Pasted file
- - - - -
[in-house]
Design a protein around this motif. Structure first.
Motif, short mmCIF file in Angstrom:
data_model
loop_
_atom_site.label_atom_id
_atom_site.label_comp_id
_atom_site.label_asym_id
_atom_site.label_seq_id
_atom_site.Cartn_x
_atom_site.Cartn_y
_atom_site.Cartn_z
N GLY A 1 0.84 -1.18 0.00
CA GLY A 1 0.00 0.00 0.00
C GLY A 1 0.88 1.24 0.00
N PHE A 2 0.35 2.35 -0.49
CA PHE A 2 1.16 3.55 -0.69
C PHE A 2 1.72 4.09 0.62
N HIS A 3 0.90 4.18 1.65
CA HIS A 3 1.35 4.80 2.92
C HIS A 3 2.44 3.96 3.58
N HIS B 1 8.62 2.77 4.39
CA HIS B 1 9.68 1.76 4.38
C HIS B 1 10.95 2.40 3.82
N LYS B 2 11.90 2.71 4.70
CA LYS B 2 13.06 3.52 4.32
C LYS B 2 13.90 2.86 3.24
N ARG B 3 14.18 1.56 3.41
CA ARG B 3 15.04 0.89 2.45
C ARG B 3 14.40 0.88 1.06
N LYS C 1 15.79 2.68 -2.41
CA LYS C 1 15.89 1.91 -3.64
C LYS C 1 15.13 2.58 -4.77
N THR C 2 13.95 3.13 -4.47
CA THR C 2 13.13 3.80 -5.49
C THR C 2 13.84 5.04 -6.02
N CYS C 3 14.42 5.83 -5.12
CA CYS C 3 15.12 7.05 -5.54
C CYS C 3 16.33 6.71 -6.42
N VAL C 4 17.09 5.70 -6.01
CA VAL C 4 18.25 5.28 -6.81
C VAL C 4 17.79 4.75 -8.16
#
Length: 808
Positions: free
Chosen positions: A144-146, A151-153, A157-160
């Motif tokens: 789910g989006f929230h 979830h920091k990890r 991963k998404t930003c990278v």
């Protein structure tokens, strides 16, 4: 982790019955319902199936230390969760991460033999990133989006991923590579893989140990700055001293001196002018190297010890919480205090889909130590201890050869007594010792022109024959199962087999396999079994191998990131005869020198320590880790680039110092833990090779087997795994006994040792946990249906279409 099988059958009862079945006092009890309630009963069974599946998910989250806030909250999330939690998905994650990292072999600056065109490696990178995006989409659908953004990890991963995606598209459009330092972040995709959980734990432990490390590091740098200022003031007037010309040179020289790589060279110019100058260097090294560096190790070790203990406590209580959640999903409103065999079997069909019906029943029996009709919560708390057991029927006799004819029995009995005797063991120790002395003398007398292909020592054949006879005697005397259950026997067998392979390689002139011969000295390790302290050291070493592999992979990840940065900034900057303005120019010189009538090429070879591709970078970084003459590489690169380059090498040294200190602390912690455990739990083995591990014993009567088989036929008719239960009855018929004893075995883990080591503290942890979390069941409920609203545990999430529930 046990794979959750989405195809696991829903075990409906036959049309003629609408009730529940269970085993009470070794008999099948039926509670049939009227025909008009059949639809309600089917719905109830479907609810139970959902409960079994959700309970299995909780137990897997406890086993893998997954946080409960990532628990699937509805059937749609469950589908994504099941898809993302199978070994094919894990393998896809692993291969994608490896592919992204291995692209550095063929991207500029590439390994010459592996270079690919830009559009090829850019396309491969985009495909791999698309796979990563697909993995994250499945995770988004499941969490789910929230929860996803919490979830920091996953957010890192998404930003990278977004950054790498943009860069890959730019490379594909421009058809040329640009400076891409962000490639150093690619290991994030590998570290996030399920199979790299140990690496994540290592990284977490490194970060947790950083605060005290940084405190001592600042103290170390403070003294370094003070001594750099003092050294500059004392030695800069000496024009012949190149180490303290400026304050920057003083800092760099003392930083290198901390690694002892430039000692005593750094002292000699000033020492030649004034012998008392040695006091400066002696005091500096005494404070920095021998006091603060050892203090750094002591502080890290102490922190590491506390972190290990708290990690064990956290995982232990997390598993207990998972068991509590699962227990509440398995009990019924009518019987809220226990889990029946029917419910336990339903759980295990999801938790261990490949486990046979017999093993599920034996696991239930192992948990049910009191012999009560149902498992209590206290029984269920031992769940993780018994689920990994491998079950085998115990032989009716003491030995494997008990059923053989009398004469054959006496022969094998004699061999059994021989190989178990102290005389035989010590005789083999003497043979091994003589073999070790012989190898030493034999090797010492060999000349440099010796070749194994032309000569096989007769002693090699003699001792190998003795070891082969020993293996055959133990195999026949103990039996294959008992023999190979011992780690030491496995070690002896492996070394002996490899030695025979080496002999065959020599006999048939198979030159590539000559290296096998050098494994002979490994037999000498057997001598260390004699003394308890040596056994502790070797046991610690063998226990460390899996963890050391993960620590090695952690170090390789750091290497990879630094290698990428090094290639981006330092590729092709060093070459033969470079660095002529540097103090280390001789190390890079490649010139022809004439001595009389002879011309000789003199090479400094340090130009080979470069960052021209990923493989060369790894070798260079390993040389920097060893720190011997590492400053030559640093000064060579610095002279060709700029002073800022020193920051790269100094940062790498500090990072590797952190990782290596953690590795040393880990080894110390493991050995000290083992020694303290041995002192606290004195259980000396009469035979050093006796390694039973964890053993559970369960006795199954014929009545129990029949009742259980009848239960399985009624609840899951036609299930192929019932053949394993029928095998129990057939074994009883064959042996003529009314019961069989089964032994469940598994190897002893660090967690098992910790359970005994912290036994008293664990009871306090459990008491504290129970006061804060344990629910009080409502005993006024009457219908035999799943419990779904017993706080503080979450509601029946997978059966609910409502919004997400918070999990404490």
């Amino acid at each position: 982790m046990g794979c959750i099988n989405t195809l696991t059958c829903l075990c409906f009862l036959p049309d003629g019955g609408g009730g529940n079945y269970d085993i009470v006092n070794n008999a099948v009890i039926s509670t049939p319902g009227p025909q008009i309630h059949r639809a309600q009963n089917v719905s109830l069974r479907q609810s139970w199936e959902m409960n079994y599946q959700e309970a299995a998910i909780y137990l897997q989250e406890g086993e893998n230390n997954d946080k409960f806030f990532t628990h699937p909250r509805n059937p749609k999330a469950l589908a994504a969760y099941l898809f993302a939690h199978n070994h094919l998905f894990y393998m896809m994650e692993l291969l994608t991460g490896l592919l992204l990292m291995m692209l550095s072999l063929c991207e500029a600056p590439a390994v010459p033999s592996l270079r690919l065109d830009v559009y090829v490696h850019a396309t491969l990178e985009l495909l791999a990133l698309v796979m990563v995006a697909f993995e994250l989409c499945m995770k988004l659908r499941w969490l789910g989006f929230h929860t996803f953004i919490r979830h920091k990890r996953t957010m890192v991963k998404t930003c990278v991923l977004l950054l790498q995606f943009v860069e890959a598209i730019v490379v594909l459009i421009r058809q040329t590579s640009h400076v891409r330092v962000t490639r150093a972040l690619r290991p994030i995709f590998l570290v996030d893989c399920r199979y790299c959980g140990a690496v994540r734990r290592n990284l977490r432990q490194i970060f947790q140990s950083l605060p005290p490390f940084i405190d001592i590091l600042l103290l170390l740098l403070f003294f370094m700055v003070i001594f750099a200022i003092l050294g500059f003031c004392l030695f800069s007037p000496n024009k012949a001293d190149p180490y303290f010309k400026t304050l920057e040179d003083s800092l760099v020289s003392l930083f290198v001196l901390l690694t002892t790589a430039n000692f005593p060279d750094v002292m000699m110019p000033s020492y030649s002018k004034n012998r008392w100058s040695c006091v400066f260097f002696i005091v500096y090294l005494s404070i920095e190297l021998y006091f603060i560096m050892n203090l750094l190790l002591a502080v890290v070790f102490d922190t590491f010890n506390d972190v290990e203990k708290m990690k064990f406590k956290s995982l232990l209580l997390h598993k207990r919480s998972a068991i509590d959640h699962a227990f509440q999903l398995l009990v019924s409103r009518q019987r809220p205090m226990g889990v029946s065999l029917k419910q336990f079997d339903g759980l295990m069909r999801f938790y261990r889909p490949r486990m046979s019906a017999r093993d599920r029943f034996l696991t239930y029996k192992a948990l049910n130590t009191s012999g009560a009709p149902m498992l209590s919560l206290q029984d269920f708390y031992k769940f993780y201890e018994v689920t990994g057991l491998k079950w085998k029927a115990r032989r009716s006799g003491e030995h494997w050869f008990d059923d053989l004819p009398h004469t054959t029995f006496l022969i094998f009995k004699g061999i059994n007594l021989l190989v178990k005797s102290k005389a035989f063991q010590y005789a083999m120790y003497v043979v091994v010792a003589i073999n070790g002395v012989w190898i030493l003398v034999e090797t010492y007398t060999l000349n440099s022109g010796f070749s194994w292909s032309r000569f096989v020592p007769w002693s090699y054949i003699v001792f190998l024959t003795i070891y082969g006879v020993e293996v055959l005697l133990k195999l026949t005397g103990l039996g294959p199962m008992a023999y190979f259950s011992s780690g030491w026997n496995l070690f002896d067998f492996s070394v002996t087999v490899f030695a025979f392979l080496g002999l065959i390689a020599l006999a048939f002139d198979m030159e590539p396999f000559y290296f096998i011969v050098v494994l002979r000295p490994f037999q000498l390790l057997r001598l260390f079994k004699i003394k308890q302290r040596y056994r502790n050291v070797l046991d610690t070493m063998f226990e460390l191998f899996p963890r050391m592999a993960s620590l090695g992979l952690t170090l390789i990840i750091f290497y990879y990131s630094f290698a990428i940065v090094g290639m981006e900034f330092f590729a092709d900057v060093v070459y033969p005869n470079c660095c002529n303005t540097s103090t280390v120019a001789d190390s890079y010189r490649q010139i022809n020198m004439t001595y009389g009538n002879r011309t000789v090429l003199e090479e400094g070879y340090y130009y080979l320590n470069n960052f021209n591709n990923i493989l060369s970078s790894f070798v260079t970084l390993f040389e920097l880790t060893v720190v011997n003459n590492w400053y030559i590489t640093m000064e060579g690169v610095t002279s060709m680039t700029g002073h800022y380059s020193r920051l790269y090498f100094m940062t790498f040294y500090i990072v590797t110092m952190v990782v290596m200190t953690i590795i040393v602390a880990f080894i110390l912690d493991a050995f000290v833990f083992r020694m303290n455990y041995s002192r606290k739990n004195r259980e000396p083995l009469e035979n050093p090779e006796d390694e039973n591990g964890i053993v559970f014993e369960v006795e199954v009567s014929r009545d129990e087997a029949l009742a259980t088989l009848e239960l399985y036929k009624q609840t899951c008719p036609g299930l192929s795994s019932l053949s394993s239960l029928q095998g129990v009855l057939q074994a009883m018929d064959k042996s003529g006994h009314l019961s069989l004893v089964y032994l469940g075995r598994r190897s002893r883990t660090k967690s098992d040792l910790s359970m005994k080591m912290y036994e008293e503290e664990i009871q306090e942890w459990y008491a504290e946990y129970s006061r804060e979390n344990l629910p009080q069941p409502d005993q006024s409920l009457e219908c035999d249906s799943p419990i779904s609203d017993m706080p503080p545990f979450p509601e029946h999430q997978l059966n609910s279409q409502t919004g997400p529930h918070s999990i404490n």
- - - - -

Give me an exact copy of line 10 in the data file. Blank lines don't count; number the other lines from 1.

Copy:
_atom_site.Cartn_x